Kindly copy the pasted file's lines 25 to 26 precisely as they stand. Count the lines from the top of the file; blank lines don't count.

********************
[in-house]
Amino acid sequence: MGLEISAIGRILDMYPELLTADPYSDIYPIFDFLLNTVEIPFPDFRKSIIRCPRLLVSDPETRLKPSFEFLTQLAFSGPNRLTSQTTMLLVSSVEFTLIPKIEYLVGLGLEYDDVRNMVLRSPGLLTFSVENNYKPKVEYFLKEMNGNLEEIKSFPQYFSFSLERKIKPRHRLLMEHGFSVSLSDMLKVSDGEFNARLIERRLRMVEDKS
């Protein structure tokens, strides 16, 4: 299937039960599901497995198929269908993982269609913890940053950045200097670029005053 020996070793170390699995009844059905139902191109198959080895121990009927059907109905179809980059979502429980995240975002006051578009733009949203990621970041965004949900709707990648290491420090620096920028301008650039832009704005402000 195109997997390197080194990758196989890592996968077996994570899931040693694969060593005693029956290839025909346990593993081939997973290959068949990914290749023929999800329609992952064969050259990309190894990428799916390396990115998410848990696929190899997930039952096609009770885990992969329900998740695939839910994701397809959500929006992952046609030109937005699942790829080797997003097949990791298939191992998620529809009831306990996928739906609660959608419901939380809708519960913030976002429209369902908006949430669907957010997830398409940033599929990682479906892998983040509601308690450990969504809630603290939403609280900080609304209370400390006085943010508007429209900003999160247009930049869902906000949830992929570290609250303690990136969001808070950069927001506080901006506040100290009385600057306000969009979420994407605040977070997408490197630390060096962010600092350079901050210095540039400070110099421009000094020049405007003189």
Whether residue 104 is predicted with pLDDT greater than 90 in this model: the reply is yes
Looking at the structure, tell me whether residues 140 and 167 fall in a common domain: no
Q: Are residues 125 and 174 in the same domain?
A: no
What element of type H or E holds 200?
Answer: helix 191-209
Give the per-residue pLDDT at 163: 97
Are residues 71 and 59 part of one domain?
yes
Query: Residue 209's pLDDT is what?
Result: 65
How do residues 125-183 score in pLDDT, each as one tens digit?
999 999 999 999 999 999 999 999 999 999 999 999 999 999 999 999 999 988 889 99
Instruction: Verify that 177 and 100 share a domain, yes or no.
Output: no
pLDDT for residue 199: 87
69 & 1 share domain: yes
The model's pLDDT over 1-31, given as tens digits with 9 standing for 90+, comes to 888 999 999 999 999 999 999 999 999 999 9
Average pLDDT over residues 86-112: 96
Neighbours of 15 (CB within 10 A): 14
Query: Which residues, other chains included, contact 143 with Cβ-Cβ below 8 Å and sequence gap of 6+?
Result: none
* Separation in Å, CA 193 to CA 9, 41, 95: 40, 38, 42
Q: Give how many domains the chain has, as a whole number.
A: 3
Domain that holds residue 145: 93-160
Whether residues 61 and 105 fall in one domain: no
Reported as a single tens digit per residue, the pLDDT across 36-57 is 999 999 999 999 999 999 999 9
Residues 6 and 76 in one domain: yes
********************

Result: none
* Separation in Å, CA 193 to CA 9, 41, 95: 40, 38, 42